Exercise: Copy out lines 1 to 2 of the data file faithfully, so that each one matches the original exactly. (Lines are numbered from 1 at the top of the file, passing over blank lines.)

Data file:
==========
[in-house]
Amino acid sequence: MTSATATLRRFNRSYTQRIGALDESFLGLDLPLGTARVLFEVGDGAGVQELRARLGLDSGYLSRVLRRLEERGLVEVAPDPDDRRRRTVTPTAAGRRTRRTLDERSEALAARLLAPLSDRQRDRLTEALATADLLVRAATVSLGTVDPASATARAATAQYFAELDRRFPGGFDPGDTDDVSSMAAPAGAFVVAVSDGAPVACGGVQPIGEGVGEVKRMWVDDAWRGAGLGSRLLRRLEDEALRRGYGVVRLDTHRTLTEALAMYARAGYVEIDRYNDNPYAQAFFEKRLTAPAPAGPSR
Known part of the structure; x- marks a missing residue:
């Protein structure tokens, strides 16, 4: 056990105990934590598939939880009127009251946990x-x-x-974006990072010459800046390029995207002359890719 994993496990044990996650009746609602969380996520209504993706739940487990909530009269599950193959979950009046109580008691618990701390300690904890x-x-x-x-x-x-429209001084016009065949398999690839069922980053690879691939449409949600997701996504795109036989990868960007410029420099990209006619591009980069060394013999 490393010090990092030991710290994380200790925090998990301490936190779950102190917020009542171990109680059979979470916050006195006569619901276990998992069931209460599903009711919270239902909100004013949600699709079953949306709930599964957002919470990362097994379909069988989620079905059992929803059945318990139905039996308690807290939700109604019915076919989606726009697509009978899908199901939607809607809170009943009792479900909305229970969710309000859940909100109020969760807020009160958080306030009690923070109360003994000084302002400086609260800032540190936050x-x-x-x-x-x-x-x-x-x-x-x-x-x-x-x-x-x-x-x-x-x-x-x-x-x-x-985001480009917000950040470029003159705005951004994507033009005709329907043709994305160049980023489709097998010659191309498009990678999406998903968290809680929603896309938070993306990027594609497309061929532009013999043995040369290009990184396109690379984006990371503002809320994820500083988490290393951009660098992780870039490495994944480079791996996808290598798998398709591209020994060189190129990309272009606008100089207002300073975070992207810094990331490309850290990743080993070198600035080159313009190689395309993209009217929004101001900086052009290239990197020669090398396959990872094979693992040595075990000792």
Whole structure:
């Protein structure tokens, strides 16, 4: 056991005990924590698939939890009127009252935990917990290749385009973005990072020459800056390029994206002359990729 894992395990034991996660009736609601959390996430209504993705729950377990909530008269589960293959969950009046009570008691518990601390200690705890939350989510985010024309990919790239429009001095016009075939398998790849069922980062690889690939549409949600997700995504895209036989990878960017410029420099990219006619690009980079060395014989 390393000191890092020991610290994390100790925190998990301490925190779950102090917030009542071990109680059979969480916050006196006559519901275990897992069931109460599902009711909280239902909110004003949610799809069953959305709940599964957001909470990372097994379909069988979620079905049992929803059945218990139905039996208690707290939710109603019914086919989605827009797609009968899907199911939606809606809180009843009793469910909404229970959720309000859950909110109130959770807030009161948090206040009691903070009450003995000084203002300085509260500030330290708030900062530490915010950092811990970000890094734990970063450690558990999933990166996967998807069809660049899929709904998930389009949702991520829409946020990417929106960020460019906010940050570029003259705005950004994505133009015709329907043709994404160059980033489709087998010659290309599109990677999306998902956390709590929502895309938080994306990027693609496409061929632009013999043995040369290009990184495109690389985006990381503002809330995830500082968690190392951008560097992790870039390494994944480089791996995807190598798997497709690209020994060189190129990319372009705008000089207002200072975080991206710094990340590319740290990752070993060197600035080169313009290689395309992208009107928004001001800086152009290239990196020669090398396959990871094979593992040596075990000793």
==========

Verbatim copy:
[in-house]
Amino acid sequence: MTSATATLRRFNRSYTQRIGALDESFLGLDLPLGTARVLFEVGDGAGVQELRARLGLDSGYLSRVLRRLEERGLVEVAPDPDDRRRRTVTPTAAGRRTRRTLDERSEALAARLLAPLSDRQRDRLTEALATADLLVRAATVSLGTVDPASATARAATAQYFAELDRRFPGGFDPGDTDDVSSMAAPAGAFVVAVSDGAPVACGGVQPIGEGVGEVKRMWVDDAWRGAGLGSRLLRRLEDEALRRGYGVVRLDTHRTLTEALAMYARAGYVEIDRYNDNPYAQAFFEKRLTAPAPAGPSR